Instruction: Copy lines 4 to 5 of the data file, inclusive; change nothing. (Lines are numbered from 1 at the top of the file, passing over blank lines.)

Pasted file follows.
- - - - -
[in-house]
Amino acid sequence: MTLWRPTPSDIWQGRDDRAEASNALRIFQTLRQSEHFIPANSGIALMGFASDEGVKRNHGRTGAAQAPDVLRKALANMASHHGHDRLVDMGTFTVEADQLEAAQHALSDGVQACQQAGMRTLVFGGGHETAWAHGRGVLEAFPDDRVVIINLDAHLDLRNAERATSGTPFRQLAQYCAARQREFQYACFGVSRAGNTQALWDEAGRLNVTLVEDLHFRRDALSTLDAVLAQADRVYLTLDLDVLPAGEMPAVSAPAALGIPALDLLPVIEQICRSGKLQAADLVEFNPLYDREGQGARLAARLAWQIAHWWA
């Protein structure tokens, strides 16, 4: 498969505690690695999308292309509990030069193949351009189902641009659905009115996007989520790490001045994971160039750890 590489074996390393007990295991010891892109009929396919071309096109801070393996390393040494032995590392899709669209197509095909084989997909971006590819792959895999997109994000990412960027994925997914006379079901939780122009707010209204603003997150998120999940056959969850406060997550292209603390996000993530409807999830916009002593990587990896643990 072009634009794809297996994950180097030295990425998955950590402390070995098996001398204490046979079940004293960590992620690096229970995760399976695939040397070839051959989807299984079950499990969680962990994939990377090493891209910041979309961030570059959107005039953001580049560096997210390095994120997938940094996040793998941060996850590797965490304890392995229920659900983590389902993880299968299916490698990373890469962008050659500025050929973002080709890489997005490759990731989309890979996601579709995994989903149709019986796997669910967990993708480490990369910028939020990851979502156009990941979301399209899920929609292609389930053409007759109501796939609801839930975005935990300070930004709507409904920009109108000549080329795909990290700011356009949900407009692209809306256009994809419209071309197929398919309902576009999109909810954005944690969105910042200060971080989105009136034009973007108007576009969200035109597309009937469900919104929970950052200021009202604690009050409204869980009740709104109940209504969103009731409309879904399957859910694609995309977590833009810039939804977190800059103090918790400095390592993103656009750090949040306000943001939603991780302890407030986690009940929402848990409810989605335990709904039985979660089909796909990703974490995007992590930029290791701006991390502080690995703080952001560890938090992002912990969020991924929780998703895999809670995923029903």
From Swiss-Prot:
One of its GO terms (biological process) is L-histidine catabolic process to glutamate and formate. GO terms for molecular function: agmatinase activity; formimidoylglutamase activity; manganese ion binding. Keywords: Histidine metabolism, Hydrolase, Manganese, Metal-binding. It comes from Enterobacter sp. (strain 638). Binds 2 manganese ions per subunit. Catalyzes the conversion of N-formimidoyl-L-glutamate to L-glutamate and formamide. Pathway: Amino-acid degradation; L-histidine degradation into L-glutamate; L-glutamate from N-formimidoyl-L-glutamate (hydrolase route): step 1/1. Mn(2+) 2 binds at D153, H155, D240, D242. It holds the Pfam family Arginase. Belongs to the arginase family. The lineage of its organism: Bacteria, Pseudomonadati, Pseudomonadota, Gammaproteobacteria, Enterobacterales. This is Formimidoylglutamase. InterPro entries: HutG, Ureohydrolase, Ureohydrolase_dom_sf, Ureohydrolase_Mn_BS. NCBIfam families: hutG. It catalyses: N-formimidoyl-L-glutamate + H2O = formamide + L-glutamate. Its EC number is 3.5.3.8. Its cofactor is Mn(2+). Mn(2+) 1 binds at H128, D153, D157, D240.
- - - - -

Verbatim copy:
From Swiss-Prot:
One of its GO terms (biological process) is L-histidine catabolic process to glutamate and formate. GO terms for molecular function: agmatinase activity; formimidoylglutamase activity; manganese ion binding. Keywords: Histidine metabolism, Hydrolase, Manganese, Metal-binding. It comes from Enterobacter sp. (strain 638). Binds 2 manganese ions per subunit. Catalyzes the conversion of N-formimidoyl-L-glutamate to L-glutamate and formamide. Pathway: Amino-acid degradation; L-histidine degradation into L-glutamate; L-glutamate from N-formimidoyl-L-glutamate (hydrolase route): step 1/1. Mn(2+) 2 binds at D153, H155, D240, D242. It holds the Pfam family Arginase. Belongs to the arginase family. The lineage of its organism: Bacteria, Pseudomonadati, Pseudomonadota, Gammaproteobacteria, Enterobacterales. This is Formimidoylglutamase. InterPro entries: HutG, Ureohydrolase, Ureohydrolase_dom_sf, Ureohydrolase_Mn_BS. NCBIfam families: hutG. It catalyses: N-formimidoyl-L-glutamate + H2O = formamide + L-glutamate. Its EC number is 3.5.3.8. Its cofactor is Mn(2+). Mn(2+) 1 binds at H128, D153, D157, D240.